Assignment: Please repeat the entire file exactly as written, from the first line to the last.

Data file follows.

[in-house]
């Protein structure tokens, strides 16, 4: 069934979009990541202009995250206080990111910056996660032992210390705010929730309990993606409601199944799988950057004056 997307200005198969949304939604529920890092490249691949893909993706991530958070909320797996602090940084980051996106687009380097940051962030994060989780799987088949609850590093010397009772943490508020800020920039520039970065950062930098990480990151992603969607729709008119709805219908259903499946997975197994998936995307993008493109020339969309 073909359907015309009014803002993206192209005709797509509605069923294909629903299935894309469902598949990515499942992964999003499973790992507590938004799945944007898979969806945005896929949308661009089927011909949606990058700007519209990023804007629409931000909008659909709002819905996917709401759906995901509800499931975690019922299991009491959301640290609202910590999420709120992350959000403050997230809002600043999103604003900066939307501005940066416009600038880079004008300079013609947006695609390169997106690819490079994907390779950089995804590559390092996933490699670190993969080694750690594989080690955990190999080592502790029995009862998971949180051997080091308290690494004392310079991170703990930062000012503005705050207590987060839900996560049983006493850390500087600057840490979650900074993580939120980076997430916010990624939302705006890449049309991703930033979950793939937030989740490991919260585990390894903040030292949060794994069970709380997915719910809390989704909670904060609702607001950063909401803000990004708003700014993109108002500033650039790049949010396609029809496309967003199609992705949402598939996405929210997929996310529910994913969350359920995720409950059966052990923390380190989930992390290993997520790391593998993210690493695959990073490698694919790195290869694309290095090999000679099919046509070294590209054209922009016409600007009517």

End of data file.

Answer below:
[in-house]
């Protein structure tokens, strides 16, 4: 069934979009990541202009995250206080990111910056996660032992210390705010929730309990993606409601199944799988950057004056 997307200005198969949304939604529920890092490249691949893909993706991530958070909320797996602090940084980051996106687009380097940051962030994060989780799987088949609850590093010397009772943490508020800020920039520039970065950062930098990480990151992603969607729709008119709805219908259903499946997975197994998936995307993008493109020339969309 073909359907015309009014803002993206192209005709797509509605069923294909629903299935894309469902598949990515499942992964999003499973790992507590938004799945944007898979969806945005896929949308661009089927011909949606990058700007519209990023804007629409931000909008659909709002819905996917709401759906995901509800499931975690019922299991009491959301640290609202910590999420709120992350959000403050997230809002600043999103604003900066939307501005940066416009600038880079004008300079013609947006695609390169997106690819490079994907390779950089995804590559390092996933490699670190993969080694750690594989080690955990190999080592502790029995009862998971949180051997080091308290690494004392310079991170703990930062000012503005705050207590987060839900996560049983006493850390500087600057840490979650900074993580939120980076997430916010990624939302705006890449049309991703930033979950793939937030989740490991919260585990390894903040030292949060794994069970709380997915719910809390989704909670904060609702607001950063909401803000990004708003700014993109108002500033650039790049949010396609029809496309967003199609992705949402598939996405929210997929996310529910994913969350359920995720409950059966052990923390380190989930992390290993997520790391593998993210690493695959990073490698694919790195290869694309290095090999000679099919046509070294590209054209922009016409600007009517």